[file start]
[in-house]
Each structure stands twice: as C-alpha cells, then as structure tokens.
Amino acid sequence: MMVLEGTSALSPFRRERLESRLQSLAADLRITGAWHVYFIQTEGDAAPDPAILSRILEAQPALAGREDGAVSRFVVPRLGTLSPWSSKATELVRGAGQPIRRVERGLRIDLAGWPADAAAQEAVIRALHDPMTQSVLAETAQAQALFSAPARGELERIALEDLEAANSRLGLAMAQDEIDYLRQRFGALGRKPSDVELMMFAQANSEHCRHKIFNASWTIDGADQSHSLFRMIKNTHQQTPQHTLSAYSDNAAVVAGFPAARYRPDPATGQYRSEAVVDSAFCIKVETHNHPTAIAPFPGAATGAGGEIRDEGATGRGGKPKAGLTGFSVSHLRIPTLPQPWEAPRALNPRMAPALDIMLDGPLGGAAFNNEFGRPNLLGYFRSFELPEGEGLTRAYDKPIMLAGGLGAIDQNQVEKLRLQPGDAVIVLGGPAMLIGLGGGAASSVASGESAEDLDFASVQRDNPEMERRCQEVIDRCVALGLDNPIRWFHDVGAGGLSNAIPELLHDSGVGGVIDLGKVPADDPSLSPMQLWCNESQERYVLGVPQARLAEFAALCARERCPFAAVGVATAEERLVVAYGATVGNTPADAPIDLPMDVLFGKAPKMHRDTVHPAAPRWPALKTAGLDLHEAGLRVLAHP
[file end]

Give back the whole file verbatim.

[in-house]
Each structure stands twice: as C-alpha cells, then as structure tokens.
Amino acid sequence: MMVLEGTSALSPFRRERLESRLQSLAADLRITGAWHVYFIQTEGDAAPDPAILSRILEAQPALAGREDGAVSRFVVPRLGTLSPWSSKATELVRGAGQPIRRVERGLRIDLAGWPADAAAQEAVIRALHDPMTQSVLAETAQAQALFSAPARGELERIALEDLEAANSRLGLAMAQDEIDYLRQRFGALGRKPSDVELMMFAQANSEHCRHKIFNASWTIDGADQSHSLFRMIKNTHQQTPQHTLSAYSDNAAVVAGFPAARYRPDPATGQYRSEAVVDSAFCIKVETHNHPTAIAPFPGAATGAGGEIRDEGATGRGGKPKAGLTGFSVSHLRIPTLPQPWEAPRALNPRMAPALDIMLDGPLGGAAFNNEFGRPNLLGYFRSFELPEGEGLTRAYDKPIMLAGGLGAIDQNQVEKLRLQPGDAVIVLGGPAMLIGLGGGAASSVASGESAEDLDFASVQRDNPEMERRCQEVIDRCVALGLDNPIRWFHDVGAGGLSNAIPELLHDSGVGGVIDLGKVPADDPSLSPMQLWCNESQERYVLGVPQARLAEFAALCARERCPFAAVGVATAEERLVVAYGATVGNTPADAPIDLPMDVLFGKAPKMHRDTVHPAAPRWPALKTAGLDLHEAGLRVLAHP